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  • Writer's pictureLouise Higginbottom

Are you super groups that super?



A super group is a band or group of musicians made up of already established artists either from other bands or as soloists. For me, they already have to have had some degree of success to be considered “super”.


For example, ABBA. I’ve seen them listed as a super group but I’ve never heard of Benny and Bjorn’s previous bands, and I expect only die-hard ABBA fans have.



Temple of the Dog are another question mark, as although Chris Cornell (Soundgarden) and Eddie Vedder feature, this was before Pearl Jam became successful. Chris Cornell did eventually end up in Audioslave, with Tom Morello of Rage Against the Machine which is definitely a super group.



There are few examples where the band have become more successful than their origins, thus forgetting that they actually are a super group. The best example of this is Foo Fighters. Dave Grohl being the drummer of globally famous Nirvana and Nate Mendel (bass) having experienced some success as part of emo pioneers Sunny Day Real Estate. Being later joined by Taylor Hawkins who had been a key member of Alanis Morrisette’s band adds more experience to justify the super group status, but Dave didn’t know how that debut album would go and Foo Fighters have gone on to be the most successful of the members’ previous ventures.



Supergroups go way back, with the first notable ones emerging in the 1960s with the likes of Cream and Led Zeppelin. Eric Clapton had achieved success in The Yard Birds prior to meeting legendary drummer Ginger Baker, who had grown tired of Bond’s drug affected behaviour in the Graham Bond Organisation (I had not heard of this band!). Clapton suggested, Baker’s bandmate, bassist Jack Bruce joined in too and Cream was formed.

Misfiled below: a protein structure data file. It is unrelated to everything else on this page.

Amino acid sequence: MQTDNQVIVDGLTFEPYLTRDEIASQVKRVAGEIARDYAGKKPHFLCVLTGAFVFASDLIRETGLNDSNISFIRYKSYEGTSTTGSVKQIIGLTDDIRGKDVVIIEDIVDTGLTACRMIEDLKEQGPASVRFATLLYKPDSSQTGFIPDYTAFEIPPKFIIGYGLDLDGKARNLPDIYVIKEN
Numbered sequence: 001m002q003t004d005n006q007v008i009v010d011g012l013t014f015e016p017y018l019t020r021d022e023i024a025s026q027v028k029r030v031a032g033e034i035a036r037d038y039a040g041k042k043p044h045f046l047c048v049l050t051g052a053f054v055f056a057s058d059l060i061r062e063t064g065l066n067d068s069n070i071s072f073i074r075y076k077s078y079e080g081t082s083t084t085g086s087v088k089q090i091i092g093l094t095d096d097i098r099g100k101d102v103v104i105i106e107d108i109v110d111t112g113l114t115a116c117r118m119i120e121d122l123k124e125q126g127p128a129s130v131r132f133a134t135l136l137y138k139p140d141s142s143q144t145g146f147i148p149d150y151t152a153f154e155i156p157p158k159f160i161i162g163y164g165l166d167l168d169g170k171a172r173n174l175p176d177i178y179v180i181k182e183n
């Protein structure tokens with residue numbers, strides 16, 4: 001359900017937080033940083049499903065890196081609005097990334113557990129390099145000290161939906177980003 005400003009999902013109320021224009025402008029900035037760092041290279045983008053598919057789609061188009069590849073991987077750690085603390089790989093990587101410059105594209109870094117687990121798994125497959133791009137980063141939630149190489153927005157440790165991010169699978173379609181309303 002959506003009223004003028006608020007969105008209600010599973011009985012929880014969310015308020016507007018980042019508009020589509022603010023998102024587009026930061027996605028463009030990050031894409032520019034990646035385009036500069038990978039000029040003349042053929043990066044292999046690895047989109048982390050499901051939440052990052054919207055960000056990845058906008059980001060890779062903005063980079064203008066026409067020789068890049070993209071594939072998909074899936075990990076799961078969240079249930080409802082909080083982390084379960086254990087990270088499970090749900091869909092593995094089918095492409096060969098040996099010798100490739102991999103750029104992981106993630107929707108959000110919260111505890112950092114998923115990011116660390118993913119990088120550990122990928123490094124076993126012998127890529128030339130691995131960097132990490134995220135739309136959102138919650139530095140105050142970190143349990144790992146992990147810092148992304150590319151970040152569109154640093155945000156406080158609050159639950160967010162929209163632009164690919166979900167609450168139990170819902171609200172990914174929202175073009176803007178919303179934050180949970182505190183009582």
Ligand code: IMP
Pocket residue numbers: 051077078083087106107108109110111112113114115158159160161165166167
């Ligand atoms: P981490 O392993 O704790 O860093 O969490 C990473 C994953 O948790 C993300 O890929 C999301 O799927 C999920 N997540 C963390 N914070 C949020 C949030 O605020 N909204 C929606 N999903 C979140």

Led Zeppelin also link to the Yard Birds. Jimmy Page was recommended by Clapton when he left to join pre-Cream band John Mayall & The Bluesbreakers. Page played dual lead guitar with Jeff Beck, giving the Yard Bards a sort of retrospective super group status.


Robert Plant had been the lead singer of Band of Joy, and brought with him the drummer, John Bonham. Originally Chris Dreja, Page’s Yardbirds bassist was part of the project but eventually dropped out. John Paul Jones, who Page had known from being a session musician asked to join the project upon hearing this and Page agreed cementing the line-up for one of the greatest bands in the world.


Both Cream and Led Zep enjoyed long careers achieving iconic status. In the 80s there were a couple of recognisable but more short-lived groups.



The Power Station, made up of Robert Palmer, Tony Thompson (drummer of Chic) and John and Andy Taylor of Duran Duran enjoyed success with hit Some Like It Hot. The band started as a vessel for the Duran Duran members to branch out into something heavier than the synth led new wave pop of their main band. Success of an album and some video releases led to a tour, though Robert Palmer never actually performed with them on this, bailing on it and stating the sound had come from him and that it “wouldn’t set him up for retirement”. Drama!



Another slightly longer lasting ensemble was the Travelling Wilburys. Made up in 1987 by George Harrison, Bob Dylan, Jeff Lynne, Roy Orbison and Tom Petty. So, fairly super!


Unlike The Power Station, the Wilburys seemed to genuinely like each other and would have possibly continued much longer had Roy Orbison not died in 1988. The band never replaced Orbison and George Harrison continued plugging the band in interviews, being the main face, whilst waiting for his bandmates to “finish being solo artists” so a follow up to the successful first album could be made.